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  #1  
Old 11-11-2010, 02:12 PM
sweeteviljesus sweeteviljesus is offline
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Where does the mass of a kilogram come from?

Is it supposed to be the mass of one liter of water? (I know it is defined as the mass of a particular artifact, but is that what that artifact is supposed to represent?)

Thanks,
Rob
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  #2  
Old 11-11-2010, 02:20 PM
Nunavut Boy Nunavut Boy is offline
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I was taught that a cubic decimeter of water at its greatest density is equal to one kilogram.

Likewise, one cubic centimeter of water = 1 gram

One cubic meter of water = 1 tonne.

I love the metric system!

Last edited by Nunavut Boy; 11-11-2010 at 02:22 PM..
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  #3  
Old 11-11-2010, 02:25 PM
sweeteviljesus sweeteviljesus is offline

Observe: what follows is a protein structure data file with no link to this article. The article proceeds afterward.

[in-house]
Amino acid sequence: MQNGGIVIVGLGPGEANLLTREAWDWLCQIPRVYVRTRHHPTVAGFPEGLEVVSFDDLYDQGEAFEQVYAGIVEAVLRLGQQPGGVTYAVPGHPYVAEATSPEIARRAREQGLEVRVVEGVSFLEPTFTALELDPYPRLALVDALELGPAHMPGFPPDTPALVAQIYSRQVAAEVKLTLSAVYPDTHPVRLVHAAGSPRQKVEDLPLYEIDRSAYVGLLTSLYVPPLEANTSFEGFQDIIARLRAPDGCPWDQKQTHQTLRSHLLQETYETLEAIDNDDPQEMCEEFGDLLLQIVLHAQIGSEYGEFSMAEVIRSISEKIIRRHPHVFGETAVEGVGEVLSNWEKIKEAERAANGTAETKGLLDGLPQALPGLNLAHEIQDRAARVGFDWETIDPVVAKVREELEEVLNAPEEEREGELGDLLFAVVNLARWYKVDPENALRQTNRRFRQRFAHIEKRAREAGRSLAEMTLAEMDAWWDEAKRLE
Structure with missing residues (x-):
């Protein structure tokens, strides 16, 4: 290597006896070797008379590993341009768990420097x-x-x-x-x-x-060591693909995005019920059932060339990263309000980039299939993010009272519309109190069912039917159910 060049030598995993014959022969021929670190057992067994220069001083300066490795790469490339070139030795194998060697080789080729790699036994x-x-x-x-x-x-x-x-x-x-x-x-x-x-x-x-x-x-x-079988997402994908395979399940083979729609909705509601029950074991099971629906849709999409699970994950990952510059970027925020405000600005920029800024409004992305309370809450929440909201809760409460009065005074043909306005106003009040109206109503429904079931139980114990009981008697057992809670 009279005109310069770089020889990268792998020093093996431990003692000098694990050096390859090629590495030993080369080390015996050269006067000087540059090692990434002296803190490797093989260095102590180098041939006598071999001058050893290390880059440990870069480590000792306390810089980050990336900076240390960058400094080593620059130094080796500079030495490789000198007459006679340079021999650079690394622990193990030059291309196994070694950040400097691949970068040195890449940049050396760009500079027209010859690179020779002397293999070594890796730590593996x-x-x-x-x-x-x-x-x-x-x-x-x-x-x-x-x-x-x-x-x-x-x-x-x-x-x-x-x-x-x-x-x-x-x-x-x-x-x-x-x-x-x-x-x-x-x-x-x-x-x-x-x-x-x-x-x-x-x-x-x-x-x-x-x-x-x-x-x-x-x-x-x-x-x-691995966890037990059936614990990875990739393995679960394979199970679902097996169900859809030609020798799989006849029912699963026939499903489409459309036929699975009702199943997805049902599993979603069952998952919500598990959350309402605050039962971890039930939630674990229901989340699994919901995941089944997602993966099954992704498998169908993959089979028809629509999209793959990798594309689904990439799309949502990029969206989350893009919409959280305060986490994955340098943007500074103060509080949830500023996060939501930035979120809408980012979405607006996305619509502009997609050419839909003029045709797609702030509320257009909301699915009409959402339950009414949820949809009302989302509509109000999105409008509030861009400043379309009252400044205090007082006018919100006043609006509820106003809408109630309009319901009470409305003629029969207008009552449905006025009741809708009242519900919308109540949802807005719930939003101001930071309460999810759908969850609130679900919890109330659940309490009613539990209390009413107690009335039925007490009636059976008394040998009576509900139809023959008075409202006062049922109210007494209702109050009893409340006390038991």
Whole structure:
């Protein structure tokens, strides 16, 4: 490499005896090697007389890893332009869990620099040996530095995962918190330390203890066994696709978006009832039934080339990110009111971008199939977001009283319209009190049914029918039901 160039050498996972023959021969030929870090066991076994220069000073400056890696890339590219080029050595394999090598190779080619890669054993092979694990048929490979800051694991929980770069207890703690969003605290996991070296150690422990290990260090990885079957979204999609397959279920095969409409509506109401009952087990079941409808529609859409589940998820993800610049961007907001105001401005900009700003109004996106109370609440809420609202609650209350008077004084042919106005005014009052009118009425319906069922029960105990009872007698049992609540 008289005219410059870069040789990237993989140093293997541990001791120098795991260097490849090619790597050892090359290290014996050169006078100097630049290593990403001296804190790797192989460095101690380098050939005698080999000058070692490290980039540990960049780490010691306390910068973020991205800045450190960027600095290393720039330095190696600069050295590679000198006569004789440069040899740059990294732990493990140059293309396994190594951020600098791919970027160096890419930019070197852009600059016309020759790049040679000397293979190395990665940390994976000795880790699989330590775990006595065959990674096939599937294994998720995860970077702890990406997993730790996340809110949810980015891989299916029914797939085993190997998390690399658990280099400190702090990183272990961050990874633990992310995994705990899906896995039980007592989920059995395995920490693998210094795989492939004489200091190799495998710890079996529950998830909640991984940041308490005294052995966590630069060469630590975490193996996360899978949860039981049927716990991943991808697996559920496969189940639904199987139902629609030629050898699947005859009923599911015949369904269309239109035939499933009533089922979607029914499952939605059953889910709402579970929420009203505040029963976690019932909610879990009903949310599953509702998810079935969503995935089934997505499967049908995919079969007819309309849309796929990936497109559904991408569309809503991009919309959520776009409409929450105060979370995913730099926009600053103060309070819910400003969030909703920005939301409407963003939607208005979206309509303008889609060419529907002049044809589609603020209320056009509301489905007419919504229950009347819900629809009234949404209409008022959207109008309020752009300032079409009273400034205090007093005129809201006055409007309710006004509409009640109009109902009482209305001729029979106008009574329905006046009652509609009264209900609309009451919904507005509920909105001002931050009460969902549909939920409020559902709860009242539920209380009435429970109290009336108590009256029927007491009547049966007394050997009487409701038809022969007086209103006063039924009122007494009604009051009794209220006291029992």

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Oops, this was supposed to be in GQ.

Rob
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Old 11-11-2010, 02:28 PM
Marley23 Marley23 is offline
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  #5  
Old 11-11-2010, 02:33 PM
Simplicio Simplicio is online now
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The chunk of metal used to formally define the Kilogram was machined so that it would be close to the weight of 1,000 cubic centimeters of water at 4 degrees. I'm not really sure why they haven't taken the obvious step of just using that as the definition. Perhaps water doesn't have as fixed a density as I'd think at a set temperature?

Last edited by Simplicio; 11-11-2010 at 02:34 PM..
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  #6  
Old 11-11-2010, 02:38 PM
ChrisBooth12 ChrisBooth12 is offline
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Yeah I never got that either. Why not just say a kilo is this much pure water at this temp at this pressure..?

I mean we can't exactly count the molecules here
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  #7  
Old 11-11-2010, 02:48 PM
Malacandra Malacandra is online now
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More likely it's hard to measure the volume of water to the necessary degree of accuracy, and ensure the purity of same. May as well use an imperishable standard lump (well, as imperishable as can be managed - nothing's 100.0000000000000%) and be done with it.